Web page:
Posted at 15:14 | /computing | 1 comment | permalink

Wed, 10 Dec 2003

Perfect Compression

The following perl code compresses arbitrary data of size n into a set of n files, each with size 0. Independent of n, the total compressed file size is 0. Data is completely recoverable. Thus, perfect compression.

while(<>) {
        foreach $char (split //) {
                open(OUT, >compressed.$num) or die;
                utime ord($char), ord($char), compressed.$num;

Decompression is left as an exercise for the reader. (But it's quite trivial.)

Another day, another field of computer science laid to waste....

Posted at 15:12 | /computing | (leave a comment) | permalink

Sun, 30 Nov 2003

On the Death of Lisp

"In the case of AOLserver [...] Jim Davidson and Doug McKee had only a few months to build the whole server from scratch. They wanted users to be able to write small programs that ran inside the server process. They therefore needed a safe interpreted language so that a programming error by one user didn't crash the server and bring down all the Web services for an organization.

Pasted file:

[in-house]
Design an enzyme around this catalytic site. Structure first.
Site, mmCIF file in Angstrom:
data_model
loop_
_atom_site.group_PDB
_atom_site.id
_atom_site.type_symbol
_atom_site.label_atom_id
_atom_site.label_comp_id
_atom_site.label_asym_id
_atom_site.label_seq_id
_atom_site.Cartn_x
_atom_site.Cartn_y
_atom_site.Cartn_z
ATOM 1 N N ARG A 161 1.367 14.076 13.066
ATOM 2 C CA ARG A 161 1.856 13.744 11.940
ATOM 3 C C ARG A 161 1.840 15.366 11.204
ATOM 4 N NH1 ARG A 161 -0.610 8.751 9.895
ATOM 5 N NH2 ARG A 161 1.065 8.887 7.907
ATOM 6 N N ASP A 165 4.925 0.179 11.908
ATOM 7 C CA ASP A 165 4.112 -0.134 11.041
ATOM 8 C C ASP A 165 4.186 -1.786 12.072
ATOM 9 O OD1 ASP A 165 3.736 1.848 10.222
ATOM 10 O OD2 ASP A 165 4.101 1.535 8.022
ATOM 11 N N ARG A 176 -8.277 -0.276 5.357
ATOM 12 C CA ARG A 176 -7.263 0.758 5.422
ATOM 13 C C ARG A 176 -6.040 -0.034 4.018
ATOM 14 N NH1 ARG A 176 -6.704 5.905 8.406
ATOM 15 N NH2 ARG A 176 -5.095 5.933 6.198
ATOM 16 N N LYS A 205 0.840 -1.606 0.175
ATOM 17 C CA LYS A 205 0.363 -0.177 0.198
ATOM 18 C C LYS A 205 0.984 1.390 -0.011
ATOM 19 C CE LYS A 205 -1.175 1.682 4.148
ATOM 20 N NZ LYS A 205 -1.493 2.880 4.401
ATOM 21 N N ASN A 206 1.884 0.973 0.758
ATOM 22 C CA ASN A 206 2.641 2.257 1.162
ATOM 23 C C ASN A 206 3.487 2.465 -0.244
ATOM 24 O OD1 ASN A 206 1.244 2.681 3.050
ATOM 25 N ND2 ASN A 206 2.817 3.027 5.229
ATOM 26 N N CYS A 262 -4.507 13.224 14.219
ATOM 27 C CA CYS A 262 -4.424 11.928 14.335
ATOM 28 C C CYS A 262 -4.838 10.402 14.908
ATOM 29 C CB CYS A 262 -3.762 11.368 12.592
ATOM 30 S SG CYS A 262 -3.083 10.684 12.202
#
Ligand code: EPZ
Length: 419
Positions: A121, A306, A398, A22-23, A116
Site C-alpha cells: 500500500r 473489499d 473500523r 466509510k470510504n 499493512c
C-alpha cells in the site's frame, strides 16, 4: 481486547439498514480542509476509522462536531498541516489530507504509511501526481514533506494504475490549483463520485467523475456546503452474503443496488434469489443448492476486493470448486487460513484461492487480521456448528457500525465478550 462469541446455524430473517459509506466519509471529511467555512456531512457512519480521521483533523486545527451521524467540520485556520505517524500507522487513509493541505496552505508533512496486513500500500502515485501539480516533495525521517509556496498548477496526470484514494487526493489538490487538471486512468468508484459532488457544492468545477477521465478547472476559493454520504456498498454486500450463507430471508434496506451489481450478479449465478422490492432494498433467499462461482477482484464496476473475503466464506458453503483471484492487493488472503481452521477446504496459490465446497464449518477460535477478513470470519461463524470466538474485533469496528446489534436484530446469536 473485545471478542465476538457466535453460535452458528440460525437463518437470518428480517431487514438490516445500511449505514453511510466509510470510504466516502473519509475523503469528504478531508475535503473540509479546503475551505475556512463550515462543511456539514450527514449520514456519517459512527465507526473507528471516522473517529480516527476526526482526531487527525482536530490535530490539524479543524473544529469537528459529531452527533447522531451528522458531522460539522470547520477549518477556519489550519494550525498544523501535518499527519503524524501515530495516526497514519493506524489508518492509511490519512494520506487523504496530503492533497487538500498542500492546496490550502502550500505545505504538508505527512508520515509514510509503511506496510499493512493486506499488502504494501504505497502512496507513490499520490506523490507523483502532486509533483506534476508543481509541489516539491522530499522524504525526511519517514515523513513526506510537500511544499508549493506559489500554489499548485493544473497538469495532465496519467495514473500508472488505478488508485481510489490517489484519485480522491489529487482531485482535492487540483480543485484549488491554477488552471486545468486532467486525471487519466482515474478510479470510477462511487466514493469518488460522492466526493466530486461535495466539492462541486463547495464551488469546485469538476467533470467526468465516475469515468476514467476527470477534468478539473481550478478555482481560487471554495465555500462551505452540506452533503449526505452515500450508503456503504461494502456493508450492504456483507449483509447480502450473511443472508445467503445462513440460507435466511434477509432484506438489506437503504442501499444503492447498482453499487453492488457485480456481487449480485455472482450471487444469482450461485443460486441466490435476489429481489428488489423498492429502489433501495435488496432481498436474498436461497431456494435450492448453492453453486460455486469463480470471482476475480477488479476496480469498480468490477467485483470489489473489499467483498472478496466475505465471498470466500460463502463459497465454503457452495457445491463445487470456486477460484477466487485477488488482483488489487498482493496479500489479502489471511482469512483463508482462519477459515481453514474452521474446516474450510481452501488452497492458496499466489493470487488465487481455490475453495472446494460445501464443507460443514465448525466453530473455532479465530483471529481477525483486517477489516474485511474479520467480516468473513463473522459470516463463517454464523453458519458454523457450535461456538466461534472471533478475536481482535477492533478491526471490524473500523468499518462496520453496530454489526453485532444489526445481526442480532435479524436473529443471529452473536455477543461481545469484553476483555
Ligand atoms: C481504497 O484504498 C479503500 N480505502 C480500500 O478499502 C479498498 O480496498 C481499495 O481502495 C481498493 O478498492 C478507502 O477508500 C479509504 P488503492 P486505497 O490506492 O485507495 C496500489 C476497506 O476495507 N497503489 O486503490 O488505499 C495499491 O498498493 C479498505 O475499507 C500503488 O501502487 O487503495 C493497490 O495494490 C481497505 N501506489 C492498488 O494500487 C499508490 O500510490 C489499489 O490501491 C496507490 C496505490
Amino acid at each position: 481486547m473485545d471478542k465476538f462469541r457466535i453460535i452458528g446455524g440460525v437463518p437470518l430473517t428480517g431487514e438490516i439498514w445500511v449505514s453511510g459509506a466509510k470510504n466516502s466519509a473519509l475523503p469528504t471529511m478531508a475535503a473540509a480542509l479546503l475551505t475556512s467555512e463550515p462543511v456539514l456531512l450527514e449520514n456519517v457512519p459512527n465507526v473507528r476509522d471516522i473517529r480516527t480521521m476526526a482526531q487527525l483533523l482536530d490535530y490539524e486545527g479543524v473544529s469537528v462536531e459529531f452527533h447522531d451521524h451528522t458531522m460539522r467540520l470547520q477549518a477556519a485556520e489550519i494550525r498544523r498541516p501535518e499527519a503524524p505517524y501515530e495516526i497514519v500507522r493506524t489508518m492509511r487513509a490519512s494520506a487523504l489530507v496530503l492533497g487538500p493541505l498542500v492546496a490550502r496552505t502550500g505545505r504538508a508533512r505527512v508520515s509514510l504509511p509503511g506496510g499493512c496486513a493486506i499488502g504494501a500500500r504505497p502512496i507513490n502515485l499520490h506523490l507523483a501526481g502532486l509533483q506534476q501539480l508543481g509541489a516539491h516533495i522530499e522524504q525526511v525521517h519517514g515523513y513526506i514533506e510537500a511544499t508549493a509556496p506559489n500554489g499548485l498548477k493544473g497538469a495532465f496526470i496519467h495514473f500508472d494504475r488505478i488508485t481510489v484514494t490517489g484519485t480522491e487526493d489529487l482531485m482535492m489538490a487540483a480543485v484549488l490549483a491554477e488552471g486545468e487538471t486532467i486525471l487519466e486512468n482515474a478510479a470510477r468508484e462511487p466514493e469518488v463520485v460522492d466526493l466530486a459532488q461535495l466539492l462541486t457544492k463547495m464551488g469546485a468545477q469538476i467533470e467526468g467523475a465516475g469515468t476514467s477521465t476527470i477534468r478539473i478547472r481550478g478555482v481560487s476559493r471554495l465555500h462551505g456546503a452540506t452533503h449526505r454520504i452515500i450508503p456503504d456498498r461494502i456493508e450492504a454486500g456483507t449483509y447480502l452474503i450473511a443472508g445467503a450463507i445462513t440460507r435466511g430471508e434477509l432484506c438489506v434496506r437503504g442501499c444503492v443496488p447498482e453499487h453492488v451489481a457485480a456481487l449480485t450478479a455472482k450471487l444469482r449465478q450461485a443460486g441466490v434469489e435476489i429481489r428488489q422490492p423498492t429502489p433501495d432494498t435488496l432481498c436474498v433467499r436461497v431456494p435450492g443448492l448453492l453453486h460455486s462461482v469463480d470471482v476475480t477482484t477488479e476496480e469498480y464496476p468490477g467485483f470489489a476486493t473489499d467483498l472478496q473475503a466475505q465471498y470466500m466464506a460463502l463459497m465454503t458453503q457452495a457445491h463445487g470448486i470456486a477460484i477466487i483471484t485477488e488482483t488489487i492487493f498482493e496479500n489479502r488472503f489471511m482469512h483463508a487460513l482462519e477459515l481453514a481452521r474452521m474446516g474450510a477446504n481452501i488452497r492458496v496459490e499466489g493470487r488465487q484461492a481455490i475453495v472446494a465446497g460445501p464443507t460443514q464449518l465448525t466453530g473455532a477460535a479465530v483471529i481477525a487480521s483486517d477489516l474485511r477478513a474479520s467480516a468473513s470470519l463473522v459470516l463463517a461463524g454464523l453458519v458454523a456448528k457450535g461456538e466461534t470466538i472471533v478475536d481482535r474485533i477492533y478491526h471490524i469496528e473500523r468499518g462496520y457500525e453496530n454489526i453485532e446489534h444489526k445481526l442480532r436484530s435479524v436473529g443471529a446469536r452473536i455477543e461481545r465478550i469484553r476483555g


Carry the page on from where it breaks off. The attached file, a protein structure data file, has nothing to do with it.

Tcl was available. Tcl was easy to download and designed to fit inside larger application programs. Doug and Jim [could] read through the Tcl source code and modify it to be thread safe. So it was critically important for them that Tcl was open-source and simple enough so as to not require months or years of study to understand the whole system.

Compare this to Lisp. Some of the best and brightest computer scientists raised money to build commercial Lisp implementations that they then went out and hawked in an indifferent and confused marketplace. They succeeded only in breaking their hearts and their investors' wallets. A handful of academics produced free open-source implementations, notably CMU Common Lisp and various versions of Scheme. But these multi-megabyte monsters weren't designed to fit neatly into someone else's program. Nor was there any document explaining how to do it.

Lisp developers have the satisfaction of knowing that they got it right 30 years before anyone else. But that's about all they have to show for 40 years of hard work and hundreds of millions of dollars in government and private funding. These days, most former Lisp programmers are stuck using Unix and Microsoft programming environments and, not only do they have to put up with these inferior environments, but they're saddled with the mournful knowledge that these environments are inferior."

 — Phil Greenspun in TCL for Web Nerds

Something or someone pointed me to this quote a few months ago, and I forgot about it, but it came back to my head recently in the context of some or other discussion. Probably about the Sisyphean struggle I had in using Guile as a scripting language.